Arts

‘Calling All Polar Bears’ shows Friday, Saturday; tickets $15

Allison Atkootchkoot Warden, also known as Aku-Matu, presents a one-woman show, “Calling All Polar Bears,” at 8 p.m. Oct. 26 and 27 at the Alaska Islands and Ocean Visitor Center auditorium. Tickets are $15 general, $10 youth at Bunnell Street Arts Center and the Homer Bookstore. Warden visits Homer that week and does free outreach activities at West Homer Elementary School and Homer Middle School on Oct. 24.

Opera series opens


 

Welcome to the Opera Season. We are looking forward to seeing our seasoned opera lovers and want to encourage those who are interested but have not yet attended an opera. This season’s first Live in HD Metropolitan Opera showing, “L’Elisir d’Amore,” will be a delight to all. This comedic opera is one that will have you on edge until the cosmic question, “Can you have it all?” is answered. The twist to this opera is whether you can have love and money by simply drinking a potion.

Arts in Brief

KBC Director Swartz receives governor’s award

Kachemak Bay Campus Director Carol Swartz received the Governor’s Award for the Arts and Humanities for Distinguished Service to the Humanities. Swartz was honored for her work in founding the annual Kachemak Bay Writers’ Conference. Sven Haakenson, executive director of the Alutiiq Museum and Archaeological Repository, Kodiak, also received a Distinguished Service to the Humanities award.

Finding humor the Chiappone way

BY MICHAEL ARMSTRONG

STAFF WRITER

A cat, a fly fisherman, a bear and a stinky dog walk into a college classroom, and the professor says, “What is this? Some kind of joke?”

Well, it could be if you’re taking “Uses of Humor in Writing,” a one-credit creative writing class taught by Homer writer Rich Chiappone. The class runs five sessions starting Monday at Kachemak Bay Campus. Space in the class is still available, and students can register through Friday at the college.

Artist wears her gallery around her neck

Previous Bunnell Street Arts Center artists-in-residence like Mike Houston and Jim Woodring have set up studios in the gallery space that sprawled across the rough old wooden floors. This month’s artist-in-residence, Micki Lippe, a Seattle jewelry artist, has a temporary studio that’s as spare and elegant as her art. “Spare and elegant” could describe Lippe herself, a small, soft spoken woman of almost 70 who looks 10 years younger and could walk your socks off on a hike.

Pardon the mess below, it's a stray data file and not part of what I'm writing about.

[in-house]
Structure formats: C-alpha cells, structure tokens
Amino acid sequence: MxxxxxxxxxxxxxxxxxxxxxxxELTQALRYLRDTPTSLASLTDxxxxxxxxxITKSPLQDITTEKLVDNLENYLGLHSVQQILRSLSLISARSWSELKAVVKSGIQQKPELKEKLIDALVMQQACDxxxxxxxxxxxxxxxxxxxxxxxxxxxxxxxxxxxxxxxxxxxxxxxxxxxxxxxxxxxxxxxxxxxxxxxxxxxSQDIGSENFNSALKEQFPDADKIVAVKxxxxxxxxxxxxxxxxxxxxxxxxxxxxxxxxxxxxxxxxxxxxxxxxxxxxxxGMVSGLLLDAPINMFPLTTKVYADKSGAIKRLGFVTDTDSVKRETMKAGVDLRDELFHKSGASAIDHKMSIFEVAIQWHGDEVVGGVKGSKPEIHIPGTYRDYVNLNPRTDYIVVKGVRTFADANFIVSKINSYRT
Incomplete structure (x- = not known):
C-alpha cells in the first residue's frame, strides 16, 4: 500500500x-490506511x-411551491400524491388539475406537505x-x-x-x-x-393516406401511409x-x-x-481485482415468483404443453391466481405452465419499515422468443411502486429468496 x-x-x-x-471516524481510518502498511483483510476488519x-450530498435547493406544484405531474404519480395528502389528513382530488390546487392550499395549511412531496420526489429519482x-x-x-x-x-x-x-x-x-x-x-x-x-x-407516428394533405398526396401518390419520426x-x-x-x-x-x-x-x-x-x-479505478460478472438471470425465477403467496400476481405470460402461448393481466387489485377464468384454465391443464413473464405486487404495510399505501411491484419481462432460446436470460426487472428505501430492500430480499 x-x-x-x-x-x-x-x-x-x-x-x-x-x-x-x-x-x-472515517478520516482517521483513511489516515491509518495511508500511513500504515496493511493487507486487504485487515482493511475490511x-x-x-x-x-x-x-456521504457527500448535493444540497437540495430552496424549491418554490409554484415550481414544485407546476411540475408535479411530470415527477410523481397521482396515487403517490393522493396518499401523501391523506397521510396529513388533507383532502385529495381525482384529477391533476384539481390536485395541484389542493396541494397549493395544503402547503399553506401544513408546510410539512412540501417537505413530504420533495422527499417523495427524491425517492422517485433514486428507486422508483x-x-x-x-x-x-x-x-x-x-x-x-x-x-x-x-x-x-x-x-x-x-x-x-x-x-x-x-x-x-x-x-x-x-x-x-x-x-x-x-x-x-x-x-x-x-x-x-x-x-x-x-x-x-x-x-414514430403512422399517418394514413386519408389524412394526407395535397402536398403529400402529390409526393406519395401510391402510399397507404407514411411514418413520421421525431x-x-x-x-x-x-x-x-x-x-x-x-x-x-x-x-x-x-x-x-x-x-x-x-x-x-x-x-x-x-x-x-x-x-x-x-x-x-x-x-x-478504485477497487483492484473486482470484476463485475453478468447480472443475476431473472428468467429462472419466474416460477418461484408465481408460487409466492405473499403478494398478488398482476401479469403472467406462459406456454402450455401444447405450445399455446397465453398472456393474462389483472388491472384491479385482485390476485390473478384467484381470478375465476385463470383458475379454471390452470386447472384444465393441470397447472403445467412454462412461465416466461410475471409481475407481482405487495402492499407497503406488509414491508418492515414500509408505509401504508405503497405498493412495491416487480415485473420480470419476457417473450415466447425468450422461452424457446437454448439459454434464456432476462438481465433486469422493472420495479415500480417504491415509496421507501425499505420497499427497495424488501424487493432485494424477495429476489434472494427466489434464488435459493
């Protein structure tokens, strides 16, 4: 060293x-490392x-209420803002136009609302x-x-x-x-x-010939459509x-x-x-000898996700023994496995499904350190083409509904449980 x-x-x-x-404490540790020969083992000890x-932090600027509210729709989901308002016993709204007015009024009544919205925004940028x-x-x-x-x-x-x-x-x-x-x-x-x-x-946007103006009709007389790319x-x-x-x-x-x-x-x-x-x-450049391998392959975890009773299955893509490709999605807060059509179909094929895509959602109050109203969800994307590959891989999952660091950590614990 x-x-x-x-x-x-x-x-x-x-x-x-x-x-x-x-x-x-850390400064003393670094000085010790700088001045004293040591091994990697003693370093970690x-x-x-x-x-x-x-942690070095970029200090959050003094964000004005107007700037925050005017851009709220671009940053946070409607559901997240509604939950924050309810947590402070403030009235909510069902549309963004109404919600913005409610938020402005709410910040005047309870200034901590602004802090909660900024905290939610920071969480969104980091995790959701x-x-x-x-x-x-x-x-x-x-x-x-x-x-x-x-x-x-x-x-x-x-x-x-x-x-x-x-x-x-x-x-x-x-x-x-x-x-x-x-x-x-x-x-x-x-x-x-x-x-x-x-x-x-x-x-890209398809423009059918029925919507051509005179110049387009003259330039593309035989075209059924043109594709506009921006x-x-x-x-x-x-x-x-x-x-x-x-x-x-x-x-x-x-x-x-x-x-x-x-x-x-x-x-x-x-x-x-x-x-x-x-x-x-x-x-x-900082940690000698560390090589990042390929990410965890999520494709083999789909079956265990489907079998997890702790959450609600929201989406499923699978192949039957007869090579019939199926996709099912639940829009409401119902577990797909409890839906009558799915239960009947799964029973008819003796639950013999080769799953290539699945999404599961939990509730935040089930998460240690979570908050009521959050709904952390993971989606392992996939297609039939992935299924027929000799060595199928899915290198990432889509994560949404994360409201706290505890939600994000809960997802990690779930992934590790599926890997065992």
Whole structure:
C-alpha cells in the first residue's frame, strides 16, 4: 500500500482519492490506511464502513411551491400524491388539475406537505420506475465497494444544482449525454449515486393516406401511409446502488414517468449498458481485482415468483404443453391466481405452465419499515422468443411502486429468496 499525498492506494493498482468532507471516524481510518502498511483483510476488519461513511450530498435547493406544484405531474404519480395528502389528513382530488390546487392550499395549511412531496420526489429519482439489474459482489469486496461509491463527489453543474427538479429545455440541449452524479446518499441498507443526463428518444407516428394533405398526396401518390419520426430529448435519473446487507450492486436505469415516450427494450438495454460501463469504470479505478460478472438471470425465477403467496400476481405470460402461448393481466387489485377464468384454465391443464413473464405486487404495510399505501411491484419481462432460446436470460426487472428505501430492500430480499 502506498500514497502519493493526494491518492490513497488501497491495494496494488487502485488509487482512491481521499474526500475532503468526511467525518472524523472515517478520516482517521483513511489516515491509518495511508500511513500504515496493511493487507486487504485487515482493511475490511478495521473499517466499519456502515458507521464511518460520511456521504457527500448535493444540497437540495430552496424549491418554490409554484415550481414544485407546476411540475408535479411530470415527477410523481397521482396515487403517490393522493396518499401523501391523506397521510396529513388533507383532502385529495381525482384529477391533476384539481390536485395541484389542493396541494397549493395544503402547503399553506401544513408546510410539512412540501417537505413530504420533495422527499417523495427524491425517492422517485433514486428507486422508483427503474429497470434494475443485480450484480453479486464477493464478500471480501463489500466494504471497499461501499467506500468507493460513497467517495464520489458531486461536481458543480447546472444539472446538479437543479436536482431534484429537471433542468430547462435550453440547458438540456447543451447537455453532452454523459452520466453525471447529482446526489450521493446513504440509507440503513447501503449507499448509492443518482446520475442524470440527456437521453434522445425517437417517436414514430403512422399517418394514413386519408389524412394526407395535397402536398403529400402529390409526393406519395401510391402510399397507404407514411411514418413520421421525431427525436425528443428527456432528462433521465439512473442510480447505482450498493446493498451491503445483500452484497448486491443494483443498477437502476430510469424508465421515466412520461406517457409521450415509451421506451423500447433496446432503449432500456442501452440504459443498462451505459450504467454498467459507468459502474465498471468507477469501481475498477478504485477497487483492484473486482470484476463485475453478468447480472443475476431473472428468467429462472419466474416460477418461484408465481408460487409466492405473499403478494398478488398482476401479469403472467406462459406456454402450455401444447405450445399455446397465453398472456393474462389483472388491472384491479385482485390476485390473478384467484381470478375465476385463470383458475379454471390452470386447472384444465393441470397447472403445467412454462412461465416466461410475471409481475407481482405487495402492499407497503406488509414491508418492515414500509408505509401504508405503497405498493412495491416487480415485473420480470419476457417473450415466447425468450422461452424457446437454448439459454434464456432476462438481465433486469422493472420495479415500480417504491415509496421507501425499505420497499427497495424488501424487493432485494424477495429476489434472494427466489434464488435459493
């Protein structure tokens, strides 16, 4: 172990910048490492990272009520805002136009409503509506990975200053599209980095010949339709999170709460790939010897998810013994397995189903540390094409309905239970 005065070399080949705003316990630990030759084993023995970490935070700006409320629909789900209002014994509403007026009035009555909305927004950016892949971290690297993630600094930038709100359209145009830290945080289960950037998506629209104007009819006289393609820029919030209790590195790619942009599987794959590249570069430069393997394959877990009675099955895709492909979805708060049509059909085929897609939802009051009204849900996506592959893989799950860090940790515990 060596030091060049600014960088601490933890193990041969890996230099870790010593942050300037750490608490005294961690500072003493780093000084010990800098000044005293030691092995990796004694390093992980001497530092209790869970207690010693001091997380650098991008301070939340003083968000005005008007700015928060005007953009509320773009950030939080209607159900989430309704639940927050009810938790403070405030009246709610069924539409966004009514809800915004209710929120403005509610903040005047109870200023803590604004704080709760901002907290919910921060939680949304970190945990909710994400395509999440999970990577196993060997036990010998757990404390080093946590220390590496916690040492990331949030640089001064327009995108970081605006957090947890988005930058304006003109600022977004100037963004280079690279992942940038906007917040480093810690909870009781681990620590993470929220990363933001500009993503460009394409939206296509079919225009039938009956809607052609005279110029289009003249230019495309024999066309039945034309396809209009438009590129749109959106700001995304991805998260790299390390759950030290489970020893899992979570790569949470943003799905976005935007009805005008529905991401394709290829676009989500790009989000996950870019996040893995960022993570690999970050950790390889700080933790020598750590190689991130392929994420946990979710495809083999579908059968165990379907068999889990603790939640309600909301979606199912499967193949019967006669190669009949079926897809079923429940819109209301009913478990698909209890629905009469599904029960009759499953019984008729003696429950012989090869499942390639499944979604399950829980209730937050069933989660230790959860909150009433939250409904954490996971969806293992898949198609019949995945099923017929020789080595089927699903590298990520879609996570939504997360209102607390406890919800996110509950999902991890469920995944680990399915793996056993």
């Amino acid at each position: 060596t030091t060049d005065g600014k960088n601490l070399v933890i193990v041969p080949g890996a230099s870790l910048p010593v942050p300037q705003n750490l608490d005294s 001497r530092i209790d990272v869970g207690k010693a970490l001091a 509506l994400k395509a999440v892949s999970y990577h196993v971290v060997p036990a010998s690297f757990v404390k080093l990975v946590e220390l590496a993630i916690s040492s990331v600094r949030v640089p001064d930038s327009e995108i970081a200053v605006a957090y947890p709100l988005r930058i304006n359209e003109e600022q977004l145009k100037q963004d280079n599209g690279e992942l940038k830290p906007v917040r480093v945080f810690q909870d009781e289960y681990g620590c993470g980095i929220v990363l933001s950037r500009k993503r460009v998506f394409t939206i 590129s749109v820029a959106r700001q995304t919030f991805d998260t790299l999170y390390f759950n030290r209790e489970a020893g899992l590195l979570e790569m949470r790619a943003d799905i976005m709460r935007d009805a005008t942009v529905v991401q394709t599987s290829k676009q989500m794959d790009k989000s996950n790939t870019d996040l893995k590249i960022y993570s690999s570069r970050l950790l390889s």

Arts in Brief

Freeman receives award for All Alaska Juried Art work

Homer artist Asia Freeman received a $250 award for her paintings selected for the All Alaska Juried Art Exhibition XXXIV at the Anchorage Museum. The exhibit shows through Feb. 3. The highly competitive exhibition drew 479 submissions by 140 Alaska artists. Massachusetts-based juror Susan Cross selected 40 artworks by 27 different artists. Her selections focus on artwork that reflects a powerful sense of place, the museum said in a press release.

First Friday shows highlight unusual media

A painting by Donna Ridener from her show.

For October's First Friday openings, artists show works in traditional media like oils and watercolors. See media a bit out of the ordinary at other exhibits featuring metal jewelry and unusual beach stones. At Bunnell Street Arts Center, visiting Seattle-based artist Micki Lippe kicks off her residency with a display of her jewelry inspired by shapes in nature. At the Homer Council on the Arts, Donna Ridener exhibits her spirit rocks. Ridener draws with pen and ink scenes and images she sees in collected rocks that call to her as she walks Kachemak Bay beaches.

Homer Theatre announces Doc Fest awards

 

The Homer Theatre has announced the winners of the ninth annual Homer Documentary Film Festival. The winners are:

•  Forget-Me-Not Audience Award: "Samsara."

"By far the audience favorite. This magnificent visual-ensemble was a truly Homer type of film," said Mac Sutton for the theater.

•  Golden Puffin Jury Prize Award:  "House I Live In" 

"Best overall documentary, a very well-constructed and edited film loaded with painfully true information; a real eye-opener," Sutton said.

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